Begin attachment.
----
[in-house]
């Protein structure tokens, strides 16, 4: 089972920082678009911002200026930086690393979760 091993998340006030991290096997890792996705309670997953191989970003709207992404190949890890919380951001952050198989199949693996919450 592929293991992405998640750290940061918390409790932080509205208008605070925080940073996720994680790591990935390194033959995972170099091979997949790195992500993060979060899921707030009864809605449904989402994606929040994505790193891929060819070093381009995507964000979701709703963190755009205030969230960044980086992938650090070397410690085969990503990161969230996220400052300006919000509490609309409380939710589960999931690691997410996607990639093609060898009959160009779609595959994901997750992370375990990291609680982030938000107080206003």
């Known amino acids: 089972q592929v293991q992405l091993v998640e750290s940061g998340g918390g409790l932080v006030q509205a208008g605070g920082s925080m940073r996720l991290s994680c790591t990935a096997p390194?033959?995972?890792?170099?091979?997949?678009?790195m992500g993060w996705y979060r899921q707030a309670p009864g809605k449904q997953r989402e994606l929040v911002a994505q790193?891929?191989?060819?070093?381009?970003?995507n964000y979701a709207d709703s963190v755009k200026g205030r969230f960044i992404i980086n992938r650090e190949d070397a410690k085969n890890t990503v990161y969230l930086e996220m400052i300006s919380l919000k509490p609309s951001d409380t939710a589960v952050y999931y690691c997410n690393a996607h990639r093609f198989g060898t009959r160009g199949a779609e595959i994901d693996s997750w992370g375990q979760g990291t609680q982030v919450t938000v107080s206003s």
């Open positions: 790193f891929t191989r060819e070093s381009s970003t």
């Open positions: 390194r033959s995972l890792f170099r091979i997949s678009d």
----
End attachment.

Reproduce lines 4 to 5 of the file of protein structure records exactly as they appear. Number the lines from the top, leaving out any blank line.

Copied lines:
């Open positions: 790193f891929t191989r060819e070093s381009s970003t």
């Open positions: 390194r033959s995972l890792f170099r091979i997949s678009d």